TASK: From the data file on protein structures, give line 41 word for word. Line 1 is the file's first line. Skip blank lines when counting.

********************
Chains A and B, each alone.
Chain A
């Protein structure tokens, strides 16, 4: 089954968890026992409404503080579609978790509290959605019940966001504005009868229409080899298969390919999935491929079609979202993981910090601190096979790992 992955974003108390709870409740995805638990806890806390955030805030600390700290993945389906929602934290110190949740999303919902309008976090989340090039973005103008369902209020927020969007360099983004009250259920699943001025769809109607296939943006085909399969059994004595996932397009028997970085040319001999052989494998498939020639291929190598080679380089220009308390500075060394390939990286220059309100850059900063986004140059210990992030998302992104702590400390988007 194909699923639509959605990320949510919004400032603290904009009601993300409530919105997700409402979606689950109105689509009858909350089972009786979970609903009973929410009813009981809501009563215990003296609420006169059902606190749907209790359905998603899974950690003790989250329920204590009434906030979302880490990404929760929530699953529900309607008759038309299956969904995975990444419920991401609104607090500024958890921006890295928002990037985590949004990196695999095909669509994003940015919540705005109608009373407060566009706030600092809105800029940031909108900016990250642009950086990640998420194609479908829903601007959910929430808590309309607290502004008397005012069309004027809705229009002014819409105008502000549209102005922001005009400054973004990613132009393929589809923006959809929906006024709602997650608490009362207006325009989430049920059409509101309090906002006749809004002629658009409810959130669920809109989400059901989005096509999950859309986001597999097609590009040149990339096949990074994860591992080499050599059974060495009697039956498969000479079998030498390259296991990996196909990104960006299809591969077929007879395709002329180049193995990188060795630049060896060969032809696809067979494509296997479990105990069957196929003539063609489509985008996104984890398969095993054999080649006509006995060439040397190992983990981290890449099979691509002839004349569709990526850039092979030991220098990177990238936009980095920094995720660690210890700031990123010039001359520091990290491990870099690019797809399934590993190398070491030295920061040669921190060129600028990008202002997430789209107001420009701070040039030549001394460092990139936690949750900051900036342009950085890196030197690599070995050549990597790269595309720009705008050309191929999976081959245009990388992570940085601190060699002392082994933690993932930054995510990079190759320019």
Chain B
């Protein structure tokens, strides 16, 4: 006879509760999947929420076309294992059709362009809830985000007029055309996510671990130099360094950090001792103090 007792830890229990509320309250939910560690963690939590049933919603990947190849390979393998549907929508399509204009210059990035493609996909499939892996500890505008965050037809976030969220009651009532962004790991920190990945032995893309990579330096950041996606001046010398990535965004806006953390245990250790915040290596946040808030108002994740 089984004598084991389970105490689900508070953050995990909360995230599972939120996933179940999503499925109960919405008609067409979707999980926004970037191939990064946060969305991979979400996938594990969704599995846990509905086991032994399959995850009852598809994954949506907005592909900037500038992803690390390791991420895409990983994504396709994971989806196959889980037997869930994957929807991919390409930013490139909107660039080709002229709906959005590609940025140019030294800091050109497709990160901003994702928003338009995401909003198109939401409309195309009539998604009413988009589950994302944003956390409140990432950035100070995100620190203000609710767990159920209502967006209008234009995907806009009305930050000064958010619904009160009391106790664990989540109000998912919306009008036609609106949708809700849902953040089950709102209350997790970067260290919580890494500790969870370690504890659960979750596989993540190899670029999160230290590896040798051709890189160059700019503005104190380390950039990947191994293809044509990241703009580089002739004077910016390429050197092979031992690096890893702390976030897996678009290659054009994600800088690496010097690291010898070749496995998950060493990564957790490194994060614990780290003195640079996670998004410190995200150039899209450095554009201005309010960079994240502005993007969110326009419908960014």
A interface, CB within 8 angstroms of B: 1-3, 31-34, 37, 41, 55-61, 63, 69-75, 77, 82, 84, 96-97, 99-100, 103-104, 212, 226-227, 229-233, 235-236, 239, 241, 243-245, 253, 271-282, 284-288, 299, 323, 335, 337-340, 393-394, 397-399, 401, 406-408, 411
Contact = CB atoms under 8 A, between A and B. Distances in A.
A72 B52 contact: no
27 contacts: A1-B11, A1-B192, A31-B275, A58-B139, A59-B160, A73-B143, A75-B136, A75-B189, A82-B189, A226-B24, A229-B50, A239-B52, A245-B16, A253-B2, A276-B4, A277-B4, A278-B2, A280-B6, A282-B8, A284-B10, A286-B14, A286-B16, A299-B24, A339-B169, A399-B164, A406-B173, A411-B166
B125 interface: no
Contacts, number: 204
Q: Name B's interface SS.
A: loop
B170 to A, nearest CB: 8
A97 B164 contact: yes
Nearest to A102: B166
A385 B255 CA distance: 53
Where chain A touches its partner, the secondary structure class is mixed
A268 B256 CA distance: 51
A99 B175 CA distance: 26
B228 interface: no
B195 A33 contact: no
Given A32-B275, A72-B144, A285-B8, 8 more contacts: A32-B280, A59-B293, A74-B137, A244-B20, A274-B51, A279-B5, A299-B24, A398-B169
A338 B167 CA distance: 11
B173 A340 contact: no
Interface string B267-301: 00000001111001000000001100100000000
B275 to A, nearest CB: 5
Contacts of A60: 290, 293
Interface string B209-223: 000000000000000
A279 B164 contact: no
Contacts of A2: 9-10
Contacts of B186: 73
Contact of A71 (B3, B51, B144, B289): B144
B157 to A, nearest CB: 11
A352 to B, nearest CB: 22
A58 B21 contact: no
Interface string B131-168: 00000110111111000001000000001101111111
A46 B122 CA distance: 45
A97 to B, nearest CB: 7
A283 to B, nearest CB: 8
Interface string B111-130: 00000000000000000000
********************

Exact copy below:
Interface string B111-130: 00000000000000000000